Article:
Society for Social Work and Research

Sixteenth Annual Conference Research That Makes A Difference: Advancing Practice and Shaping Public Policy
11-15 January 2012 I Grand Hyatt Washington I Washington, DC

57P The Impact of Person-Organizational Value Fit On Organizational Commitment

Friday, January 13, 2012
Independence F - I (Grand Hyatt Washington)
* noted as presenting author
HaeJung Kim, MSW, Doctoral Candidate, University of Maryland at Baltimore, Baltimore, MD
Chulhee Kang, PhD, Professor, Yonsei University, Seoul, South Korea
Backgrounds Organizational commitment is important because it influences the occurrence of burnout and turnover, and ultimately relates to service quality that social workers provide. A Person-Organizational Value fit (P-O fit) has emerged as a critical factor influencing workers' organizational commitment, which suggests that people more attracted and more likely to show favorable work attitudes toward the organizations where they find a close match (Elfenbein & O'Reilly, 2007; Moynihan & Pandey, 2008). Although value congruence has consistently received attention in for-profit organizations, little research done on this topic in social work field. This study examined the relationship between P-O fit and organizational commitment. Three research questions were addressed: 1) What is the degree of P-O fit among social workers 2) What are the preferred organizational values? 3) How is P-O fit related to social workers' organizational commitment?

Methods A cross-sectional design was employed for this study. Data were collected from the self-report survey (244 from 45 organizations, 67% response rate) in the convenient sample of social workers who work in community welfare center in Seoul, Korea. An Organizational Cultural Profile (OCP), developed by O'Reilly, Chatman, and Caldwell (1991), was used to assess both personal and organizational values. Following the procedures for generating Q-sort profiles (Block, 1978), respondents sort the 54 items (e.g., stability, innovation, risk taking, results oriented) into nine categories, ranging from most to least desirable or characteristic values. Descriptive statistics and three multiple regressions were conducted to examine the relationship between P-O fit and three types of organizational commitment: affective, continuance, and normative commitment.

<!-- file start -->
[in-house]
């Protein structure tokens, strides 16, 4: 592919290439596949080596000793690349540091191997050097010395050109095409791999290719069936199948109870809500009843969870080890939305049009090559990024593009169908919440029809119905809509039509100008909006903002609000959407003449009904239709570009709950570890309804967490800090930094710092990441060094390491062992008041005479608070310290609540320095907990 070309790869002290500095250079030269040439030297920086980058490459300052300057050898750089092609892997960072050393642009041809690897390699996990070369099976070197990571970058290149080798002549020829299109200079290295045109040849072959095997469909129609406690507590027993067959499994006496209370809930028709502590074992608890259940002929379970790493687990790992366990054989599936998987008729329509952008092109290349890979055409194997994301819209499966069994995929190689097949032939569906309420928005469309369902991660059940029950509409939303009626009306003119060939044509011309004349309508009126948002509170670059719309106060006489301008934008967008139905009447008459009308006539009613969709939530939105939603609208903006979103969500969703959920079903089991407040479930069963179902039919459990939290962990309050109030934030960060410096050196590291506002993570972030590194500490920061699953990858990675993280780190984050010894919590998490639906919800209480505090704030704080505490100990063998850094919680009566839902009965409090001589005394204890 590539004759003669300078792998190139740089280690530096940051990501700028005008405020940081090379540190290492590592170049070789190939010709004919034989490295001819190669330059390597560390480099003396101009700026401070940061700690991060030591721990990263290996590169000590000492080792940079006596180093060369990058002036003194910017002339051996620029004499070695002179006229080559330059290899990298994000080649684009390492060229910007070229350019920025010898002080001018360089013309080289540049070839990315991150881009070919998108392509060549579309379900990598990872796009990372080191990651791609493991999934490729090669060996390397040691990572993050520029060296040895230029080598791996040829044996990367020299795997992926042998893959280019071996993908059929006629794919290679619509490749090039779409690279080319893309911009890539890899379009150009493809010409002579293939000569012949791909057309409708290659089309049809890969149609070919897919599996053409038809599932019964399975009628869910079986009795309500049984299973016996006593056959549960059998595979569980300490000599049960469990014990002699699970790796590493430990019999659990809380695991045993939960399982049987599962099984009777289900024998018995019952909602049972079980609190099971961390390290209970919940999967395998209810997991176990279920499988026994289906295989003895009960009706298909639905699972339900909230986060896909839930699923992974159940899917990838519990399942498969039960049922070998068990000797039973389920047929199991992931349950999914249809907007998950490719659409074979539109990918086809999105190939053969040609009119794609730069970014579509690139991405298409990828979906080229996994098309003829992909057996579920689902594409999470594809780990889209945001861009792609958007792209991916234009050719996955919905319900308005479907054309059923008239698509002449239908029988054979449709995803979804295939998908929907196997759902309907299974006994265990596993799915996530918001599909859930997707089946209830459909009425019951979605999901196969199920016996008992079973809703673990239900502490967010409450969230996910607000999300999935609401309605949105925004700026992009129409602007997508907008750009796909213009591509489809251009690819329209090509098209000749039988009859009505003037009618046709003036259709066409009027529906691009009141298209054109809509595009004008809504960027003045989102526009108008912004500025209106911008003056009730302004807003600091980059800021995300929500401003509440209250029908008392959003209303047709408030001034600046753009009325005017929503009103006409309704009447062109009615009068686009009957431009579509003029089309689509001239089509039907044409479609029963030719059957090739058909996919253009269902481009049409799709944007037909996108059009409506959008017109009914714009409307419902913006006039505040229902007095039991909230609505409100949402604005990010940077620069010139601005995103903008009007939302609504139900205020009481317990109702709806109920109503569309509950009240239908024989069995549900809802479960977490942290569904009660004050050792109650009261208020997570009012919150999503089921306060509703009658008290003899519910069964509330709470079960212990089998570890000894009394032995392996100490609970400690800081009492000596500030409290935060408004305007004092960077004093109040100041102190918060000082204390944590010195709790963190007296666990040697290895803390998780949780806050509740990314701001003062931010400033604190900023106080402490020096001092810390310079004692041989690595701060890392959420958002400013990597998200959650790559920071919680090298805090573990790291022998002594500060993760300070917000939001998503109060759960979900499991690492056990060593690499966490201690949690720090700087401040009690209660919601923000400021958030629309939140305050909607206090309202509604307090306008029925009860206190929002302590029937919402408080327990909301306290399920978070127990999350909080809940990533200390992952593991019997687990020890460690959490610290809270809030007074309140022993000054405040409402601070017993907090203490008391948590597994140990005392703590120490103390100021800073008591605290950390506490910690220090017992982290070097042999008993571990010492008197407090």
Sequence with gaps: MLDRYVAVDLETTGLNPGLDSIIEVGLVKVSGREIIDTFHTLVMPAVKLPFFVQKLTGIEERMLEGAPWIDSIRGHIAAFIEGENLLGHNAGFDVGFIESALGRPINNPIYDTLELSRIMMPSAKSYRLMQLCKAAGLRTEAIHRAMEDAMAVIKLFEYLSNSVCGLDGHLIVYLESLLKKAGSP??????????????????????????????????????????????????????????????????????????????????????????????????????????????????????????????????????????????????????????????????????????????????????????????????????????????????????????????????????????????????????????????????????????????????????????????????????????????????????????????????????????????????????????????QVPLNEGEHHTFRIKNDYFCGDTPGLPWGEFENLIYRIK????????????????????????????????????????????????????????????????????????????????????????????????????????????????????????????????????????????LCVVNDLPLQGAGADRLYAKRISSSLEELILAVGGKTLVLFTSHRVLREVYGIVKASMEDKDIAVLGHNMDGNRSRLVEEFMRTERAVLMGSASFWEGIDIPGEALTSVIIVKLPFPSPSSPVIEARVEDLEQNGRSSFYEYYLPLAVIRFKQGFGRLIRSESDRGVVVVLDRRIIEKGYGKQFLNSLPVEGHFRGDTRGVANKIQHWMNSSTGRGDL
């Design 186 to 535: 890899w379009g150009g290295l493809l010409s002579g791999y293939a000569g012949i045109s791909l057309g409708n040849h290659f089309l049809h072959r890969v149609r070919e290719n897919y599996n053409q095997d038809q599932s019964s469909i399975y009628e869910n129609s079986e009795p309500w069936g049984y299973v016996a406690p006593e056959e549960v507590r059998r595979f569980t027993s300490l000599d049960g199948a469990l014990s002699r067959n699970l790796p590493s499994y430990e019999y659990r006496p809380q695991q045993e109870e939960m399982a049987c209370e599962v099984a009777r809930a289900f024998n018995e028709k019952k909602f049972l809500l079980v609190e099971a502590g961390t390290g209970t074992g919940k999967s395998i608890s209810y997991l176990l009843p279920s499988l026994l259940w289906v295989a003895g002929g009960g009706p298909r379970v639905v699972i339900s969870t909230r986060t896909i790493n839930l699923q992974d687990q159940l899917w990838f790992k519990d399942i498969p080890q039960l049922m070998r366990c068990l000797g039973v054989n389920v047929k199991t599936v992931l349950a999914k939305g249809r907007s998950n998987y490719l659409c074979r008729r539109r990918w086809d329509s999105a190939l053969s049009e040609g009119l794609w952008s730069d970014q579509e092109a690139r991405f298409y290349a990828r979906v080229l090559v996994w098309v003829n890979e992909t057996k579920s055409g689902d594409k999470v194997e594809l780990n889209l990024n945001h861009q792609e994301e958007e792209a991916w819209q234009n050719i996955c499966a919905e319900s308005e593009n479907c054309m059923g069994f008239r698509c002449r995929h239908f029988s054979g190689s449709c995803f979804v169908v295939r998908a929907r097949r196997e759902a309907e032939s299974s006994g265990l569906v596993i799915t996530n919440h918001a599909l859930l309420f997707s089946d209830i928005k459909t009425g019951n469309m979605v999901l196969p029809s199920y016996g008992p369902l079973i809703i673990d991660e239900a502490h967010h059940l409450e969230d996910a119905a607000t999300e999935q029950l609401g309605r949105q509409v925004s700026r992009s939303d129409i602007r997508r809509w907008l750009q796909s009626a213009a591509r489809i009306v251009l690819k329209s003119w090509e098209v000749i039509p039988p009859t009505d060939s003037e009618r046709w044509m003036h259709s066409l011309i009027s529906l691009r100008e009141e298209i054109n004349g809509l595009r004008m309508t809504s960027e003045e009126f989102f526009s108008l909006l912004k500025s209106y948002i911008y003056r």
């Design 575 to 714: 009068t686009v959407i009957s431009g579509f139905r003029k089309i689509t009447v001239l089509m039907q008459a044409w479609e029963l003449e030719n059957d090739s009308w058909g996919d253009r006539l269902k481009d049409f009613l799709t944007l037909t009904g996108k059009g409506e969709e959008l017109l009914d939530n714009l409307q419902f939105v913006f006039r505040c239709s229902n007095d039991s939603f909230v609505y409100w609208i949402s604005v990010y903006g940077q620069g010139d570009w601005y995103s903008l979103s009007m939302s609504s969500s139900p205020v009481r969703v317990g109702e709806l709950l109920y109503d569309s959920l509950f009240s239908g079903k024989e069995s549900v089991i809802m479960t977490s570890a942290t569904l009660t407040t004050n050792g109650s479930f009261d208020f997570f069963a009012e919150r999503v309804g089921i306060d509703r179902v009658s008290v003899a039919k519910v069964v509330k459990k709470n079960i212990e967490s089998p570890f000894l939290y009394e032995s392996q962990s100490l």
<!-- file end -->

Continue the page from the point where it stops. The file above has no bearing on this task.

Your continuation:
Results The level of person-organizational value fit was relatively low with the mean of .08. Social workers characterized their organization culture by emphasis on collaboration, team oriented, and rule oriented. While, respondent reported preferences for fairness, achievement oriented, emphasis on professional development, and emphasis on quality culture. Two significant regression models (p<.001) accounted for 34% of the variance in affective commitment and 11% of the variance in normative commitment. A P-O fit was the strongest factor associated with affective commitment after controlling for personal, organizational characteristics, and role stressor (role conflict, role ambiguity, and role overload). For example, respondents with high level of P-O fit reported higher level of affective and normative commitment. Other variables including role conflict, education, and religion fit were significant, which indicated that social workers who have lower level of role conflict with no MSW degree, and have religious congruence with organization were more likely to report higher level of affective commitment.

Conclusions and Recommendations The study suggests that increasing level of P-O fit may contribute to increase social workers' organizational commitment. This study has implications in developing recruitment, selection, and retention strategies. For example, managers should make an effort to understand underlying organizational values and select recruits who are likely to share their values with the organization. In addition, efforts need to be made to assimilate person's value with the organizational value by orientation, education, and training in order to retain qualified social workers in the organizations.